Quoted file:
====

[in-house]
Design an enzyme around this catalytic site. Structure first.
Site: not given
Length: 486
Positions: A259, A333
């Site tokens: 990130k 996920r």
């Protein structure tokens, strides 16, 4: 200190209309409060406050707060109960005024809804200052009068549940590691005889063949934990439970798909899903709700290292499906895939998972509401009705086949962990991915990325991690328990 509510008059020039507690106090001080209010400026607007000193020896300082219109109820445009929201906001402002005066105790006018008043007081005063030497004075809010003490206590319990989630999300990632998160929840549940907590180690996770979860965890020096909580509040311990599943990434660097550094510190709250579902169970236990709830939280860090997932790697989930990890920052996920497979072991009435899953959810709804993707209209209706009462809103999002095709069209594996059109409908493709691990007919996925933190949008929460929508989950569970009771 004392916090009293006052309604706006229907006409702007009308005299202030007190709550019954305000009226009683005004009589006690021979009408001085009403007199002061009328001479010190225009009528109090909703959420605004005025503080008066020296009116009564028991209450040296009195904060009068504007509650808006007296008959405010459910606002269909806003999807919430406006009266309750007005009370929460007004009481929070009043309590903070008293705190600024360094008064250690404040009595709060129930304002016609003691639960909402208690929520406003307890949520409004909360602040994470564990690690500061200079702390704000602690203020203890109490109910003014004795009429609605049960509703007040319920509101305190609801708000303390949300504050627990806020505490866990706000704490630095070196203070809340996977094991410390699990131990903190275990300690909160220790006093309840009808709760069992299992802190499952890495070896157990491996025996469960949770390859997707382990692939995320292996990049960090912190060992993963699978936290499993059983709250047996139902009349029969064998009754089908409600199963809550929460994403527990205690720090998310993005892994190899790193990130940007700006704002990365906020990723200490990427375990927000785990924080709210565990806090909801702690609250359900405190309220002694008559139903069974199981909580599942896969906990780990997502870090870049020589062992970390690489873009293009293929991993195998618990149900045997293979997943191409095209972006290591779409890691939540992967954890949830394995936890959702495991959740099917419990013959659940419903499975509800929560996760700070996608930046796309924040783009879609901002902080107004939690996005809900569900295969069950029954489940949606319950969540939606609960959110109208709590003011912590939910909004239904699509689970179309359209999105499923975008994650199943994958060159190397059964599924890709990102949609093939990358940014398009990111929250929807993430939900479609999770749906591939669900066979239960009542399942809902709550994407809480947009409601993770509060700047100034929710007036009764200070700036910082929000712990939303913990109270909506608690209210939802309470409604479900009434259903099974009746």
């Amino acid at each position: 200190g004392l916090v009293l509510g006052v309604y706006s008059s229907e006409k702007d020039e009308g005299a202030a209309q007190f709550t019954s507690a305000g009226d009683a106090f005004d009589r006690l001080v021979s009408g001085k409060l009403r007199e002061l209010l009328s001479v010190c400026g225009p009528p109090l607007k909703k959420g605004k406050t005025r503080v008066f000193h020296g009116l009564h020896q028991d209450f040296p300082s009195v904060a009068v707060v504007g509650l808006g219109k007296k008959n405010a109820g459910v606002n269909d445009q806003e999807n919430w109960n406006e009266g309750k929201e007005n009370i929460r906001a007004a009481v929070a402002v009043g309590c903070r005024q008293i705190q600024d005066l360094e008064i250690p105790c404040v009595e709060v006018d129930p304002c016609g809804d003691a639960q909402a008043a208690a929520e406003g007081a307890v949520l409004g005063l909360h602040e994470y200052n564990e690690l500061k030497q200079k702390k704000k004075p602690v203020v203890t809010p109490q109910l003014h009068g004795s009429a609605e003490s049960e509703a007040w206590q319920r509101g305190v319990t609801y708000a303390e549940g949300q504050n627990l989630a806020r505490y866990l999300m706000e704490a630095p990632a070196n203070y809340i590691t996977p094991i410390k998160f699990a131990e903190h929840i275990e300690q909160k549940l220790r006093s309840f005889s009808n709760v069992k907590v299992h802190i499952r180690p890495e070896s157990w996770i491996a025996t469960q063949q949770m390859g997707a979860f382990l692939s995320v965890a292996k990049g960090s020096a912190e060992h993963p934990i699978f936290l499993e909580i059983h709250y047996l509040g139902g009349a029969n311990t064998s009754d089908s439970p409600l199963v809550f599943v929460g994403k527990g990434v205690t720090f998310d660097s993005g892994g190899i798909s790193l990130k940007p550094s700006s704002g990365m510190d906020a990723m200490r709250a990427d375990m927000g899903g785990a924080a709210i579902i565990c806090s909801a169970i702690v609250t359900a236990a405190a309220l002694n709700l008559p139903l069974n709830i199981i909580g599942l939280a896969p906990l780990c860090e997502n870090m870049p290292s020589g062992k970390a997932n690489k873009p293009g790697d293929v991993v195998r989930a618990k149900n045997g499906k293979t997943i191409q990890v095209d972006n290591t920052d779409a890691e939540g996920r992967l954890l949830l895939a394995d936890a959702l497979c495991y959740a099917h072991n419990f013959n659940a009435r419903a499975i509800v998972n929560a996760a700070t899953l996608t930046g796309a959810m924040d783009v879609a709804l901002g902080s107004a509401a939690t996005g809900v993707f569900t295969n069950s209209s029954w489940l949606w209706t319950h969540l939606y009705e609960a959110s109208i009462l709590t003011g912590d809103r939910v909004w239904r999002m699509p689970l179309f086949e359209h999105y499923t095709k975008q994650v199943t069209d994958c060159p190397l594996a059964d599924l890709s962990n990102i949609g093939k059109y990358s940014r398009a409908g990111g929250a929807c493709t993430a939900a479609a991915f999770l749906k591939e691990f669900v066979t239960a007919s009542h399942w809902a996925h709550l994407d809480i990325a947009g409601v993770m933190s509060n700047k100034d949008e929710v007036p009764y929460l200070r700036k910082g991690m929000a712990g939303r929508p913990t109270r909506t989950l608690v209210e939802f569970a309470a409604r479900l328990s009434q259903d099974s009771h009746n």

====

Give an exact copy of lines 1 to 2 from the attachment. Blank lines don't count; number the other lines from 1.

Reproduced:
[in-house]
Design an enzyme around this catalytic site. Structure first.